Emperor or empress of India shortened to king-emperor or queen-empress, was a title used by British monarchs from 1 May 1876 (see Royal Titles Act 1876) to 22 June 1948. The image of the emperor or empress was used to signify British authority—his or her profile, for instance, appearing on currency, in government buildings, railway stations, courts, on statues etc. "God Save the King" (or, alternatively, "God Save the Queen") was the former national anthem of British India. Oaths of allegiance were made to the emperor or empress and his/her lawful successors by the governors-general, princes, governors, commissioners in India in events such as imperial durbars.

The title was abandoned on 22 June 1948, after the Indian Independence Act 1947 had made George VI king of the two new dominions of India and Pakistan. The monarchies were abolished upon the establishment of the Republic of India in 1950 and the Islamic Republic of Pakistan in 1956.

Stamps from India showing Empress Victoria and Emperor George VI

India Victoria 1895 3rs brown-green

India George VI 1935 10rs

India George VI 1937 5rs

1894 Died: Heinrich Hertz, German physicist and academic (b. 1857)

Heinrich Rudolf Hertz (22 February 1857 – 1 January 1894) was a German physicist who first conclusively proved the existence of the electromagnetic waves predicted by James Clerk Maxwell's equations of electromagnetism. The unit of frequency, cycle per second, was named the "Hertz" in his honor.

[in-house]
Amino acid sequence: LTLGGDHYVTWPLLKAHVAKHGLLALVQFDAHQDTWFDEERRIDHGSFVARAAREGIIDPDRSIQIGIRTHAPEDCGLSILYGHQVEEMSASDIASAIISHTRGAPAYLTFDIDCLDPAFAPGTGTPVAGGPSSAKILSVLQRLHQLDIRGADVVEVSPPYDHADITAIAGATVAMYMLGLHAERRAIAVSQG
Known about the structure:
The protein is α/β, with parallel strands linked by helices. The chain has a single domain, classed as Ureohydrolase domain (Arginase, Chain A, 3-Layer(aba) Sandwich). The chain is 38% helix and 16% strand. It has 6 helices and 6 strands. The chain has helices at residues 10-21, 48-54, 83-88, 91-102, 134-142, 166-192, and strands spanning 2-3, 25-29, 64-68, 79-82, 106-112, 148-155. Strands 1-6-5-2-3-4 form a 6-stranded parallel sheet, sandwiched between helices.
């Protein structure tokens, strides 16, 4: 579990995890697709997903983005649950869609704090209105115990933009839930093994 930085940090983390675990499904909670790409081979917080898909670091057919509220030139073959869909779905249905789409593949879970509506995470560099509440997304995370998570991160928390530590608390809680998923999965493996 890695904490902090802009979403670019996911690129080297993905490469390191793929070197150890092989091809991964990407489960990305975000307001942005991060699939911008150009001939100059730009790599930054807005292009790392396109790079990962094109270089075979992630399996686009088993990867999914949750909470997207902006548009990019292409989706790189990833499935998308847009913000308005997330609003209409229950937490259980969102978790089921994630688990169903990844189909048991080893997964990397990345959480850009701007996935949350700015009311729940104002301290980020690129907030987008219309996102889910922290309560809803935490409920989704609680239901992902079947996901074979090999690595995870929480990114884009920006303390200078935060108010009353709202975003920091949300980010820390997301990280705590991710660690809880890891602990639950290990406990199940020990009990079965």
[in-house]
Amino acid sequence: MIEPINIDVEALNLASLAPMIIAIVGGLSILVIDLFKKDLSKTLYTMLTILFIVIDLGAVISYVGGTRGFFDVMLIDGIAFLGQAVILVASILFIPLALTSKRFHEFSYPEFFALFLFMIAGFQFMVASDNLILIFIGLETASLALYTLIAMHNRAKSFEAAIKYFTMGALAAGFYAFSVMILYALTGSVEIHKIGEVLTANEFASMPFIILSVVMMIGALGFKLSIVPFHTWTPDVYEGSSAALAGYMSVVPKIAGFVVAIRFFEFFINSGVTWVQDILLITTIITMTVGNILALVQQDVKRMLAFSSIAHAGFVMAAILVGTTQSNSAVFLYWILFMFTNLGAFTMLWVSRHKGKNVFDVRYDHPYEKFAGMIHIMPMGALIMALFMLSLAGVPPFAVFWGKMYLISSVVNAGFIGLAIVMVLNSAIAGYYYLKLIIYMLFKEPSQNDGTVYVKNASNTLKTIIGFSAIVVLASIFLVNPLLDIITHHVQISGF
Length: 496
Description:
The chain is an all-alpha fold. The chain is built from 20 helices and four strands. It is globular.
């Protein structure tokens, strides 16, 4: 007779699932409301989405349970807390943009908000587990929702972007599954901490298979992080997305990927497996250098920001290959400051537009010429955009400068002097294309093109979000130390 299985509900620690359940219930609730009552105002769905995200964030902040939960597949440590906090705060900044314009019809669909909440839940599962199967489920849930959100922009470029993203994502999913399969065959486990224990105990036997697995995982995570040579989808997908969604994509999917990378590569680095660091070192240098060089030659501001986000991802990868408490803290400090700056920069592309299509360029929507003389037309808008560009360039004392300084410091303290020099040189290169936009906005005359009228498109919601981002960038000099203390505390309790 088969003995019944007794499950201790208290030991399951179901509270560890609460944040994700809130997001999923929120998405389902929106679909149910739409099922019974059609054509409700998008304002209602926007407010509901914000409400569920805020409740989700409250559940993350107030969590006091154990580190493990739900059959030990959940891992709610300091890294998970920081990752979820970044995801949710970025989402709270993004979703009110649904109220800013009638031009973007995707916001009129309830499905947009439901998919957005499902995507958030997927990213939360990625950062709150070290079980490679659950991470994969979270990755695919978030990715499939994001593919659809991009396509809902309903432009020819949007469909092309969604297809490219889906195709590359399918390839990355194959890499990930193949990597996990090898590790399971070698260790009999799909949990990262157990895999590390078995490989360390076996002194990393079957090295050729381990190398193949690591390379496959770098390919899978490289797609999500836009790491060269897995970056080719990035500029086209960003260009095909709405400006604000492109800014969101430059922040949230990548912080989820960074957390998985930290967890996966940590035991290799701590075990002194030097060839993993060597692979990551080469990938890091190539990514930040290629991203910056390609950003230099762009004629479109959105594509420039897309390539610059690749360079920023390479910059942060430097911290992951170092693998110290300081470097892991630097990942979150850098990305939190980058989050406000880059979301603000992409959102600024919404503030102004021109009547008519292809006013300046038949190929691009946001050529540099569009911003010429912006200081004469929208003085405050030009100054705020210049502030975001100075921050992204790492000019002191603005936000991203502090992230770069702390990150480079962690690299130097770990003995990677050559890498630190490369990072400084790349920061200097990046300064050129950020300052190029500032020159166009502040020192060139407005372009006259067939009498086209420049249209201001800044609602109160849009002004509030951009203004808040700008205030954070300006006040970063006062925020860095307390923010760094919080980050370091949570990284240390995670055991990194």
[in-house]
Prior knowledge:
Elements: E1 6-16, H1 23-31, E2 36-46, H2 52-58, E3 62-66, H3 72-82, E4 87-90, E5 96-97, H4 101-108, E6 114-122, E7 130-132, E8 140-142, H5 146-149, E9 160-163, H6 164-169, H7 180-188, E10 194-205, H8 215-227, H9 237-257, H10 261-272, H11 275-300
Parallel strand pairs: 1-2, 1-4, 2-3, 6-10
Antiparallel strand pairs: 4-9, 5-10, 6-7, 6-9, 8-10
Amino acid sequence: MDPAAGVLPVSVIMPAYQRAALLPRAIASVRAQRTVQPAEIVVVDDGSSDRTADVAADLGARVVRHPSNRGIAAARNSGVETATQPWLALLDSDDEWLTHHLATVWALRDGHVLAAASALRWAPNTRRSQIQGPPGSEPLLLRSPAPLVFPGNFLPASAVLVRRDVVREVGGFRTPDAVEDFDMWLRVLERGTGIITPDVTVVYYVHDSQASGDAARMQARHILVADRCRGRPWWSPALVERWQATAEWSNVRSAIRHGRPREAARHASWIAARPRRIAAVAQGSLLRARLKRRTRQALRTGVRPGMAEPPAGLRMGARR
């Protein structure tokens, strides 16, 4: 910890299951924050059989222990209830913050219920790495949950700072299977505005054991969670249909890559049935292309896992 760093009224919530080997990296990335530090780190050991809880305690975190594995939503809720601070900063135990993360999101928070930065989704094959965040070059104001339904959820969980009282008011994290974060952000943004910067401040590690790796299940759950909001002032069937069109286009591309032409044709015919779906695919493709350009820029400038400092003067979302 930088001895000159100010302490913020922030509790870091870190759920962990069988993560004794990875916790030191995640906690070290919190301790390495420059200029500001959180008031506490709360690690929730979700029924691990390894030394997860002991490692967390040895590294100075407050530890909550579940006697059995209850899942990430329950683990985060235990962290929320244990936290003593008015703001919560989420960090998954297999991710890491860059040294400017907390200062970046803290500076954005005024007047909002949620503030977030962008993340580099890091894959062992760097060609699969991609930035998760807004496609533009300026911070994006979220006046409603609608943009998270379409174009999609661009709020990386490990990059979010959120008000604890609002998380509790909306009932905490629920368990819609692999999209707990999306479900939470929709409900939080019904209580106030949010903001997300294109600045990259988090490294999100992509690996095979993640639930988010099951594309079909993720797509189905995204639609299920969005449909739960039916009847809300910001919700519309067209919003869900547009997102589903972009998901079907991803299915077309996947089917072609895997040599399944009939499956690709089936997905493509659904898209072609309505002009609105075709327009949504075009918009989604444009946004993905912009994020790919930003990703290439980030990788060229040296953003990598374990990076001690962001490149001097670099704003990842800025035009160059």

In 1864 Scottish mathematical physicist James Clerk Maxwell proposed a comprehensive theory of electromagnetism, now called Maxwell's equations. Maxwell's theory predicted that coupled electric and magnetic fields could travel through space as an "electromagnetic wave". Maxwell proposed that light consisted of electromagnetic waves of short wavelength, but no one had been able to prove this, or generate or detect electromagnetic waves of other wavelengths.

During Hertz's studies in 1879 Helmholtz suggested that Hertz's doctoral dissertation be on testing Maxwell's theory. Helmholtz had also proposed the "Berlin Prize" problem that year at the Prussian Academy of Sciences for anyone who could experimentally prove an electromagnetic effect in the polarization and depolarization of insulators, something predicted by Maxwell's theory.  Helmholtz was sure Hertz was the most likely candidate to win it. Not seeing any way to build an apparatus to experimentally test this, Hertz thought it was too difficult, and worked on electromagnetic induction instead. Hertz did produce an analysis of Maxwell's equations during his time at Kiel, showing they did have more validity than the then prevalent "action at a distance" theories.

After Hertz received his professorship at Karlsruhe he was experimenting with a pair of Riess spirals in the autumn of 1886 when he noticed that discharging a Leyden jar into one of these coils would produce a spark in the other coil. With an idea on how to build an apparatus, Hertz now had a way to proceed with the "Berlin Prize" problem of 1879 on proving Maxwell's theory (although the actual prize had expired uncollected in 1882).  He used a Ruhmkorff coil-driven spark gap and one-meter wire pair as a radiator. Capacity spheres were present at the ends for circuit resonance adjustments. His receiver was a simple half-wave dipole antenna with a micrometer spark gap between the elements. This experiment produced and received what are now called radio waves in the very high frequency range.

Stamps from Germany depicting Heinrich Hertz

Germany 1994 Heinrich Hertz

Germany 1957 Heinrich Hertz